I also work on a lot of religious display on public property cases, notably cross displays. This year, I was involved with two lawsuits involving crosses on public property. The first was in Santa Clara, California, where a large granite cross was erected in a public park, named Memorial Cross Park. The 14-foot cross apparently commemorated the 1777 Catholic mission that founded the city. The cross was donated in 1953. I wrote to the city requesting removal of the cross in 2012. The city agreed the cross was constitutionally problematic but continually delayed removal. In January 2017, FFRF sued, and the cross was removed quickly and the case settled in March 2017. The city agreed to pay attorneys’ fees totaling $6,500.
The second cross case involved a 25-foot tall cross in Bayview Park in Pensacola, Florida. A cross, in one form or another, has been there since 1941. In 2016, after unsuccessful attempts at getting the City to remove the cross through non-litigation efforts, FFRF along with the American Humanist Association sued the city for its removal. In June of this year, a federal judge agreed with us that it was unconstitutional and ordered the cross’s removal. That order stayed pending appeal. The City has now retained the Becket Fund, a religious right legal group, to represent them on appeal. The case is currently pending before the Eleventh Circuit Court of Appeals, but FFRF is confident the lower court decision will stand.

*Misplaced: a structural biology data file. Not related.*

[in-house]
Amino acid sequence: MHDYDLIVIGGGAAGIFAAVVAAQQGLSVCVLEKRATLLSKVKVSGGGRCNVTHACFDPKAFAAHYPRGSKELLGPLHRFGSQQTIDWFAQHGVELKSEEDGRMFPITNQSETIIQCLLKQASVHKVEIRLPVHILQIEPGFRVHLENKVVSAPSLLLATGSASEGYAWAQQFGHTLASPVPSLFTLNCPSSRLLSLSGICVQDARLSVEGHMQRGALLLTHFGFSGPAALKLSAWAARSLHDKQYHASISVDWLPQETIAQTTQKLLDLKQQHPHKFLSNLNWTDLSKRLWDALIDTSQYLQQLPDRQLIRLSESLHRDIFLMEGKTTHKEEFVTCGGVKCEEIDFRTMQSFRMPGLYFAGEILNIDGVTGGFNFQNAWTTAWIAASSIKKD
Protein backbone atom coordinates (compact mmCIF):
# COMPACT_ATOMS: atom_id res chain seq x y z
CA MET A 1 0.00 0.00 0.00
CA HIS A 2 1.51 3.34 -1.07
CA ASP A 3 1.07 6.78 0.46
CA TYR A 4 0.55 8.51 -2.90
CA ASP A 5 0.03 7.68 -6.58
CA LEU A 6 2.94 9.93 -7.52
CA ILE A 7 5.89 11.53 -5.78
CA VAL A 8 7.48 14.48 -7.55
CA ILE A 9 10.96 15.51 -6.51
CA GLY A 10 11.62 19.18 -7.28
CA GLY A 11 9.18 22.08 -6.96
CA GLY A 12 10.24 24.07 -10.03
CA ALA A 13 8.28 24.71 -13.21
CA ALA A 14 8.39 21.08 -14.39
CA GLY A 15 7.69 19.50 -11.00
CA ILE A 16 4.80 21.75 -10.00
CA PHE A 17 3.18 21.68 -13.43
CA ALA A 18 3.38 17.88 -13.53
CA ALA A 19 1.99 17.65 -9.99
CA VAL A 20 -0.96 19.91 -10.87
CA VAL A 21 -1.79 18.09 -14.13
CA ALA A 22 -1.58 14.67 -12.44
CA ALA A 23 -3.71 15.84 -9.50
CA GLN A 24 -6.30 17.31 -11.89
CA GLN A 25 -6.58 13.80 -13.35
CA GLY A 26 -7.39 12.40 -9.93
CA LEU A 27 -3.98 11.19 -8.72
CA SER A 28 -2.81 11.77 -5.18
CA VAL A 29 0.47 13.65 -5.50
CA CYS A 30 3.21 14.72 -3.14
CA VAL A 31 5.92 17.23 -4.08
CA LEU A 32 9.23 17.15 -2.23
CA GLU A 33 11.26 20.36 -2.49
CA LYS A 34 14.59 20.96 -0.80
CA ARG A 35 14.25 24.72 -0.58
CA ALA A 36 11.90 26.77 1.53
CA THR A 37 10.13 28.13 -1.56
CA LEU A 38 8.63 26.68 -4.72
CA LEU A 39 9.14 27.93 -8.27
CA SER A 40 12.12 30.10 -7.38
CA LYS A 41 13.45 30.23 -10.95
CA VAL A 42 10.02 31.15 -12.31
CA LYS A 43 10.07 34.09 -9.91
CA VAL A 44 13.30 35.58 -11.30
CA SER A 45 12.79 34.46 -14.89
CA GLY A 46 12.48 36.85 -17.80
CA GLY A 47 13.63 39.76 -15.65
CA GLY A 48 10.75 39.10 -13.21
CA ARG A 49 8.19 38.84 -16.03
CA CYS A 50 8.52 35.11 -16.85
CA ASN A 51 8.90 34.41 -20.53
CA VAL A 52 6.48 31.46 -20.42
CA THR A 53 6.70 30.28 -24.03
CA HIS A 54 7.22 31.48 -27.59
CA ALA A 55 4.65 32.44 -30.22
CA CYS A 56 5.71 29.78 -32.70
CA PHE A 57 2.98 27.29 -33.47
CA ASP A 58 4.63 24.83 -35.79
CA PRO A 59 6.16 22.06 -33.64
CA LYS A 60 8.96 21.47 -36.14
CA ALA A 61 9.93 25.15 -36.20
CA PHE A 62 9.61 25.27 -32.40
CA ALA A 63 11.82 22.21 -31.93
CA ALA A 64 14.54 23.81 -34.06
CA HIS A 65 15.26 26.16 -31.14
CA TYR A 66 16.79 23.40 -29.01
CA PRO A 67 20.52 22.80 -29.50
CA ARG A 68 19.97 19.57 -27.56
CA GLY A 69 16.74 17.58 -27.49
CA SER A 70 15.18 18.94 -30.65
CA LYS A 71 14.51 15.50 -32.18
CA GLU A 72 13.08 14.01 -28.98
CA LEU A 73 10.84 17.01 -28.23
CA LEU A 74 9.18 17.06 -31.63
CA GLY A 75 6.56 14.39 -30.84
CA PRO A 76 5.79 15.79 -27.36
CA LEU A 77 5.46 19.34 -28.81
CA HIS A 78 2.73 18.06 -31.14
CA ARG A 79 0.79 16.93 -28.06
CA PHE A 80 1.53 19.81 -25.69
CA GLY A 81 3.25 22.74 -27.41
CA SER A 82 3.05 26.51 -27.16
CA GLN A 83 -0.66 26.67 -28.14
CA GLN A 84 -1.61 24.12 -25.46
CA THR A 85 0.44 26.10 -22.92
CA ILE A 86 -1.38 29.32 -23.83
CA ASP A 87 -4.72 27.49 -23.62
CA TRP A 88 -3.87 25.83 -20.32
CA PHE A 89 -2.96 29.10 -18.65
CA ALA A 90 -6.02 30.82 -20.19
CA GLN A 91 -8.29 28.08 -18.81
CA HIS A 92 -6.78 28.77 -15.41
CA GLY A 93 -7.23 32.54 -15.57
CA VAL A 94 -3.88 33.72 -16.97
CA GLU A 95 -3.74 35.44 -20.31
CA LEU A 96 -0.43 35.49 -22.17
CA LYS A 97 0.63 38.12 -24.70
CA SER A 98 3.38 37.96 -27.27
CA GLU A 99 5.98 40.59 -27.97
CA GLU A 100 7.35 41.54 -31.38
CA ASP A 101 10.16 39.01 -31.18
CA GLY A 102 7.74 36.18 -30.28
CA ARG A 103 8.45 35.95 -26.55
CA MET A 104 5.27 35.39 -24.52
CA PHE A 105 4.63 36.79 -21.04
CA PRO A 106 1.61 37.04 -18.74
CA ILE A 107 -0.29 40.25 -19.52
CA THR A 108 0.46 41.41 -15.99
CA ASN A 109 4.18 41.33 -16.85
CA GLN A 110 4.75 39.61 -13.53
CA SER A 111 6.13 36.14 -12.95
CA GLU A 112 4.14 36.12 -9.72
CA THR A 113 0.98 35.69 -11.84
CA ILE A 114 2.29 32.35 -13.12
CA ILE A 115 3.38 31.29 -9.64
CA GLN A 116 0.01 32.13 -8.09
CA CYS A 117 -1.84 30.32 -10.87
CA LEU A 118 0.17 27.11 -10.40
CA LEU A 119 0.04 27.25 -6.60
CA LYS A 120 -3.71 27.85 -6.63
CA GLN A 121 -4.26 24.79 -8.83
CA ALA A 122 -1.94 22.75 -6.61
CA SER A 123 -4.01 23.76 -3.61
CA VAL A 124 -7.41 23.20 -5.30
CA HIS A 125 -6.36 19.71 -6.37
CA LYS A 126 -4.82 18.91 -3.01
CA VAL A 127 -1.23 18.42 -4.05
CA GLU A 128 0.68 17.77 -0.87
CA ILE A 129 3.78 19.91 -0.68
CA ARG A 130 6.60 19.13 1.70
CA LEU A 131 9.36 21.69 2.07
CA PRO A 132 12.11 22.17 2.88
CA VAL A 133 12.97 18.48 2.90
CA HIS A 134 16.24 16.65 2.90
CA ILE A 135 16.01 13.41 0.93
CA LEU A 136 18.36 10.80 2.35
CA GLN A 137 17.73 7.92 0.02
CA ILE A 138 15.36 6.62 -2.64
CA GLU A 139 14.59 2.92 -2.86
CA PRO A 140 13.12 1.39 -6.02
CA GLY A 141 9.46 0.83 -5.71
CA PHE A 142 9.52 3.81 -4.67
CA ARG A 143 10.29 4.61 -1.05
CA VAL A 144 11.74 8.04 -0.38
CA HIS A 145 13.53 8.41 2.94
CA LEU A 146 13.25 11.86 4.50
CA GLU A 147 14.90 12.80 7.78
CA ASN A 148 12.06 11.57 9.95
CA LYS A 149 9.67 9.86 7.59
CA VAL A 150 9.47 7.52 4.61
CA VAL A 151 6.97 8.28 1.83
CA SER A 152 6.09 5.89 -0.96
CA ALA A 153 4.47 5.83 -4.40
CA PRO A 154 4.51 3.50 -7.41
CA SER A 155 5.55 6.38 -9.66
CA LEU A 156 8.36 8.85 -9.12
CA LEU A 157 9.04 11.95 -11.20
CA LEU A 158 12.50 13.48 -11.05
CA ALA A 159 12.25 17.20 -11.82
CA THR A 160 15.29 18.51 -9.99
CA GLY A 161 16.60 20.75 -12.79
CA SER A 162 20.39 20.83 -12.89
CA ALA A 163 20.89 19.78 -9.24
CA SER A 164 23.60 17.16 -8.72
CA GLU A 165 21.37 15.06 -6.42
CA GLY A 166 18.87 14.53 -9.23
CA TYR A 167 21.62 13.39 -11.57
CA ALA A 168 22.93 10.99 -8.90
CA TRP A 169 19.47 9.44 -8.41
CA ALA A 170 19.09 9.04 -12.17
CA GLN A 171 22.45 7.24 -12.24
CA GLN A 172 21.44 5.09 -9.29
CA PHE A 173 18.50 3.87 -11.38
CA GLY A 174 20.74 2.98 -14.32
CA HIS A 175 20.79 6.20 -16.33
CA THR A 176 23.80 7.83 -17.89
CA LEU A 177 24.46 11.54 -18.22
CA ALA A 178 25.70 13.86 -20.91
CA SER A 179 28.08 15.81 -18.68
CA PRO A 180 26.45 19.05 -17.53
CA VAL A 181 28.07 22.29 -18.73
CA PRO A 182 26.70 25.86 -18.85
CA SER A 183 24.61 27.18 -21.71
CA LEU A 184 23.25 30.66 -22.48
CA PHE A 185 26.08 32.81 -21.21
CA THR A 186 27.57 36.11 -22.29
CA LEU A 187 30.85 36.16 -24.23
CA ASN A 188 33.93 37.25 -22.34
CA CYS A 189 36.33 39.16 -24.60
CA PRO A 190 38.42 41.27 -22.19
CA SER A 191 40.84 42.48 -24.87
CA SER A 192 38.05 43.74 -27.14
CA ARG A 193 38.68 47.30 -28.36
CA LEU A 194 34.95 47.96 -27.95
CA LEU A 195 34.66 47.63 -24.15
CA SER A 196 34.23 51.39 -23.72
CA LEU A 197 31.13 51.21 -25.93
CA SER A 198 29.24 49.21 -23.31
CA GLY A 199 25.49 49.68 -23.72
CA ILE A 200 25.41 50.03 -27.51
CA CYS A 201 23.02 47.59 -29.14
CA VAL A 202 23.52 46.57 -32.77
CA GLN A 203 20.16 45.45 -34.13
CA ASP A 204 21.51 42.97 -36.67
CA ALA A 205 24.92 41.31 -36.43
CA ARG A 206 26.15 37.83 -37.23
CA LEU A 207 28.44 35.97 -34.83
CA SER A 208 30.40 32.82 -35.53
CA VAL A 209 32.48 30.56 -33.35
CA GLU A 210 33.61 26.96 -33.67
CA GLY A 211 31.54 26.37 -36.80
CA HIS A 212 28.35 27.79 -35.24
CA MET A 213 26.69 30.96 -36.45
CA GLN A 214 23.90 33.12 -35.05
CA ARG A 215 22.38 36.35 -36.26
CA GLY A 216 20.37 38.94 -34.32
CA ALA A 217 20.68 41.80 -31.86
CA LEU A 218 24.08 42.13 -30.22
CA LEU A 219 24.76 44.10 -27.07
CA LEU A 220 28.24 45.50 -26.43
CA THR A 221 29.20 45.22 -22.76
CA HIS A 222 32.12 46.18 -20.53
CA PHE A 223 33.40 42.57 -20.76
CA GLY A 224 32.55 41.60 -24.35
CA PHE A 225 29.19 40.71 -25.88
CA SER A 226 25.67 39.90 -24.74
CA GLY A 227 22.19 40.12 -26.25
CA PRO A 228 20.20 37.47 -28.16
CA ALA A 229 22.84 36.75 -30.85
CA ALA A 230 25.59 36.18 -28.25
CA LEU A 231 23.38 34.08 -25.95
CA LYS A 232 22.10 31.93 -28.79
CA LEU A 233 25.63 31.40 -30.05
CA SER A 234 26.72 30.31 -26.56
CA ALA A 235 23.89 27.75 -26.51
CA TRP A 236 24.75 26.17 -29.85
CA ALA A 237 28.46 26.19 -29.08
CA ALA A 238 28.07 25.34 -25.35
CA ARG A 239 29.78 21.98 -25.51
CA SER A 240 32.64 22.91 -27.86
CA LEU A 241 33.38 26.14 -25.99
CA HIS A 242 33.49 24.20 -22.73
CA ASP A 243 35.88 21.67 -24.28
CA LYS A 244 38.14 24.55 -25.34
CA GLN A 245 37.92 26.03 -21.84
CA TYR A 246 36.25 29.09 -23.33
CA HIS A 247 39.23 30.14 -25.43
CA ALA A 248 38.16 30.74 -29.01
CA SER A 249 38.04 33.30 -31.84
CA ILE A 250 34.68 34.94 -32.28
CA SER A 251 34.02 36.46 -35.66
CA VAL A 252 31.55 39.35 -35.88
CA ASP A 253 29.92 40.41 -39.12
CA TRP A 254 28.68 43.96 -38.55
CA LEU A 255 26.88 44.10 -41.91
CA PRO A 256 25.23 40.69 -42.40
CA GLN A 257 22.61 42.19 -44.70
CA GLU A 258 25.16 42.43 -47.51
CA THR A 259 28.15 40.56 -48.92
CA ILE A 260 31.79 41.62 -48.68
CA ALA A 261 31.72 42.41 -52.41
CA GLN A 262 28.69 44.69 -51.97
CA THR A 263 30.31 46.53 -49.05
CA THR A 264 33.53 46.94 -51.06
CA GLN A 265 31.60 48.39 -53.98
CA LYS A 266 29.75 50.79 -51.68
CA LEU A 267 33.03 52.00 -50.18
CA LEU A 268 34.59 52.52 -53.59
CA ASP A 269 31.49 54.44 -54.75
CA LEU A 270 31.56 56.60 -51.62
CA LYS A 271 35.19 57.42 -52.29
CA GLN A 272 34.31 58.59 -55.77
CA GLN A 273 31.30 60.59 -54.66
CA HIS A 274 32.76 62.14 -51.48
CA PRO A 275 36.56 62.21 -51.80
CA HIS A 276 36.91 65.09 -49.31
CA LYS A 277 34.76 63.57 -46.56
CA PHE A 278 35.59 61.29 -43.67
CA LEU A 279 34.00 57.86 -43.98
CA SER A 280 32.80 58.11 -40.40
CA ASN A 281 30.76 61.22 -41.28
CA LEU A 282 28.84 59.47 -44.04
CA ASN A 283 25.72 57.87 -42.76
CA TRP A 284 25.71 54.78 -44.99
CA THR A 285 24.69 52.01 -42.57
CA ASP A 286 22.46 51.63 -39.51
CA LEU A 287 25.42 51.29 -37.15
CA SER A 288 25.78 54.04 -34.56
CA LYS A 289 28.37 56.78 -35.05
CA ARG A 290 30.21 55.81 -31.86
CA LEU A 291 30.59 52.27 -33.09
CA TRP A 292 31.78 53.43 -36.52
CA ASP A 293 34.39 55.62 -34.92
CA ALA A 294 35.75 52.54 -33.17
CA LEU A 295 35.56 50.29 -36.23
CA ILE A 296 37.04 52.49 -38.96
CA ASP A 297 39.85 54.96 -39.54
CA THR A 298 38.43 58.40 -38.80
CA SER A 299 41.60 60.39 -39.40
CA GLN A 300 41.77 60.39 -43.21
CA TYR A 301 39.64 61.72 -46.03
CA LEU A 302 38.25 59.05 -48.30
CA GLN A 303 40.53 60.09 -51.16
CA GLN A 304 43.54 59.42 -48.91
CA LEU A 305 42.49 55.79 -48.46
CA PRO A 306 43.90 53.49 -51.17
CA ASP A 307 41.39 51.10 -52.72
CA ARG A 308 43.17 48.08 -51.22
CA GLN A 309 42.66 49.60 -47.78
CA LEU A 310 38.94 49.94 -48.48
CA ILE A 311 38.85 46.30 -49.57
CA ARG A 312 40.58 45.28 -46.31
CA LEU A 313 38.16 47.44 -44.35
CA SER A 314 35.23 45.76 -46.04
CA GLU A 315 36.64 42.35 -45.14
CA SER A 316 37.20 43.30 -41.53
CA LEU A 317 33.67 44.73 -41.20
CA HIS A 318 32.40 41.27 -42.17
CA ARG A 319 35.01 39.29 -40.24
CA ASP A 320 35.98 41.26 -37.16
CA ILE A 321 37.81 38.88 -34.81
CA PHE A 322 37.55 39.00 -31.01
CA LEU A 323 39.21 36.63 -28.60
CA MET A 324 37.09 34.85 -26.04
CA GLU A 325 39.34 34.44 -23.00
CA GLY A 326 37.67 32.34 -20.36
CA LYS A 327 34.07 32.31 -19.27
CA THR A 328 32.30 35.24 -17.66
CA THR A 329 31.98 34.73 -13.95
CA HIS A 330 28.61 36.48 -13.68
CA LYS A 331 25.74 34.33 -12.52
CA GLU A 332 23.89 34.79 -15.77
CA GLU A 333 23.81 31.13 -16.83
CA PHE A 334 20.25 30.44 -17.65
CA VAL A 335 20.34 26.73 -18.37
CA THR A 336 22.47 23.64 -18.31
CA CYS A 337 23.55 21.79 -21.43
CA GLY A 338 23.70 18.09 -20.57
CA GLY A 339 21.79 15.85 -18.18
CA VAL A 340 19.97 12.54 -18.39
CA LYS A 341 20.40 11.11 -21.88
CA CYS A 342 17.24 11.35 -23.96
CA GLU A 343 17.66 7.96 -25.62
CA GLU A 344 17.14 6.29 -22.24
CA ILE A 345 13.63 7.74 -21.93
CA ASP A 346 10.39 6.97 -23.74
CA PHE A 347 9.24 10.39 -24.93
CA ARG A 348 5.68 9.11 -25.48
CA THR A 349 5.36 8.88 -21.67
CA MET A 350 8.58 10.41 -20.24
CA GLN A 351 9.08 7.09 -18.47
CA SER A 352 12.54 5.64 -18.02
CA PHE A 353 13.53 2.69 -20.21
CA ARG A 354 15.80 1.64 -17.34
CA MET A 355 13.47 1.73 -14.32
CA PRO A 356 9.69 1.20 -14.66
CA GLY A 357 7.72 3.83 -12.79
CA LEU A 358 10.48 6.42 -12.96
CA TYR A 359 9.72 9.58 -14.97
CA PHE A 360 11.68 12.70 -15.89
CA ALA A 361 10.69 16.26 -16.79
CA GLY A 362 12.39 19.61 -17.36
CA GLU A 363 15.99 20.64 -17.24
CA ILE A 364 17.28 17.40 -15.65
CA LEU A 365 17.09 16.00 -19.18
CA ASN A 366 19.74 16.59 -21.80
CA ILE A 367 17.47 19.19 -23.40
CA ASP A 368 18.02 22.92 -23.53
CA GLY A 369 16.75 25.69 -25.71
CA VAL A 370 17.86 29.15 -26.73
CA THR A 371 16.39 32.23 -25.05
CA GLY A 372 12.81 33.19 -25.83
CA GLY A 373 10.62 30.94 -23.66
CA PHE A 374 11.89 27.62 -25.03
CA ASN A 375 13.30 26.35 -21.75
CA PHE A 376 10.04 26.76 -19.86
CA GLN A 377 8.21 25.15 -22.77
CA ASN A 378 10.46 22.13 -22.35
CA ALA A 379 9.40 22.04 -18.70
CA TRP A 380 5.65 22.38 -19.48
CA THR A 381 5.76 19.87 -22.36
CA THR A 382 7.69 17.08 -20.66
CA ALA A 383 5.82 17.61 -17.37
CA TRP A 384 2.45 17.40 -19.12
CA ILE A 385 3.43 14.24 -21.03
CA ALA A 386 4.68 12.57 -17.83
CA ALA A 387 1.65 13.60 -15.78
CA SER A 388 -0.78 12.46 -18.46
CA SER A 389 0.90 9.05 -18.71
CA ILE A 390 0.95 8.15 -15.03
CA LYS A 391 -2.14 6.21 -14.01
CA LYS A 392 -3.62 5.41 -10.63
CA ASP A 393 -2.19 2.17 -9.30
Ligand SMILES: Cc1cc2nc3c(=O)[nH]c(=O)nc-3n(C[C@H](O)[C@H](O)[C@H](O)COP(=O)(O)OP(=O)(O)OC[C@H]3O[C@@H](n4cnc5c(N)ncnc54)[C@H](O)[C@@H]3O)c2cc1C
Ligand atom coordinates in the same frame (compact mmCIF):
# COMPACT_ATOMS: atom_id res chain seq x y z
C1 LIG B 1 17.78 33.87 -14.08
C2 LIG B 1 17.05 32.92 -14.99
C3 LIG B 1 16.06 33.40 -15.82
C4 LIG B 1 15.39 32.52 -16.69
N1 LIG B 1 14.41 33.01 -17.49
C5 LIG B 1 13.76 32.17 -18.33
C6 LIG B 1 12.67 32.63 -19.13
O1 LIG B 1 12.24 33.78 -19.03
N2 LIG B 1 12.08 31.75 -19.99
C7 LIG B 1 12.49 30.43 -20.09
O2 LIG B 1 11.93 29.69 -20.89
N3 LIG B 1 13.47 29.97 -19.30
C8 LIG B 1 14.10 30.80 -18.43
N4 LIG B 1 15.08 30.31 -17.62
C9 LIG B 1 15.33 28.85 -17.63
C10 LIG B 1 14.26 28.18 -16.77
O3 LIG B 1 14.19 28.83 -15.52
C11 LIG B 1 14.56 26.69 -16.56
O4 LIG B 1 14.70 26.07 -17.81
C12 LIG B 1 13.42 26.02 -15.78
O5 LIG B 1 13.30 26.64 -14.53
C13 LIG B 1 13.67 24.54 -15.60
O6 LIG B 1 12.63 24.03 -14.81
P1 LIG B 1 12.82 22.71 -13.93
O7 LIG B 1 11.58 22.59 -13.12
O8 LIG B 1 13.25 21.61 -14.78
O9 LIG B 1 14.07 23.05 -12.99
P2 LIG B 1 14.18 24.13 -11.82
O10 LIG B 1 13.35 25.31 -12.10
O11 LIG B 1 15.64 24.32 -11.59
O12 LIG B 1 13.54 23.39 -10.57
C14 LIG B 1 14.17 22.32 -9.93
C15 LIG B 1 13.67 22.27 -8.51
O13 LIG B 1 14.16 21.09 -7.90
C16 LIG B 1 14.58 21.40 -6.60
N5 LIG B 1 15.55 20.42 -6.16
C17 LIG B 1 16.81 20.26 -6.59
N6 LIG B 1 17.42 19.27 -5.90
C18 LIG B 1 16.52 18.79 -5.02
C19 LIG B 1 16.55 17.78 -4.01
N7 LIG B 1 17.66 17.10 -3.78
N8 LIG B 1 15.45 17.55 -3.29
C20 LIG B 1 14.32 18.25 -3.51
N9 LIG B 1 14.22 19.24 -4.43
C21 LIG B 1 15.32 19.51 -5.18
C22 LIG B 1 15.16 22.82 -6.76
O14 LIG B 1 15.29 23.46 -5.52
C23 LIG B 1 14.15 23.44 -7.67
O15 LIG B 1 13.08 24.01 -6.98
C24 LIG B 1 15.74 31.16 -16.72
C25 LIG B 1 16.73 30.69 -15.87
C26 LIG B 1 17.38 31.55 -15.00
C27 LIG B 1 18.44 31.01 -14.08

Jacobsen: You are the President of the Legal Association for Women in Madison, Wisconsin. What is the purpose of the organization?
Markert: The purpose of the Legal Association for Women is “to promote the rights of women in society and advance the interests of women members of the legal profession, to promote equality and social justice for all people, and to improve relations between the legal profession and the public.” LAW offers monthly luncheons which include Continuing Legal Education programs, and annual events. You can find out more here: http://www.lawdane.com/
Jacobsen: How can citizens donate and become involved in the Freedom From Religion Foundation and the Legal Association for Women?
Markert: You can donate or become a member of FFRF at our website: https://ffrf.org/donate
Donations to LAW are also welcome and information about those can be found here: http://www.lawdane.com/#/contact/
Jacobsen: Thank you for the opportunity and your time, Rebecca.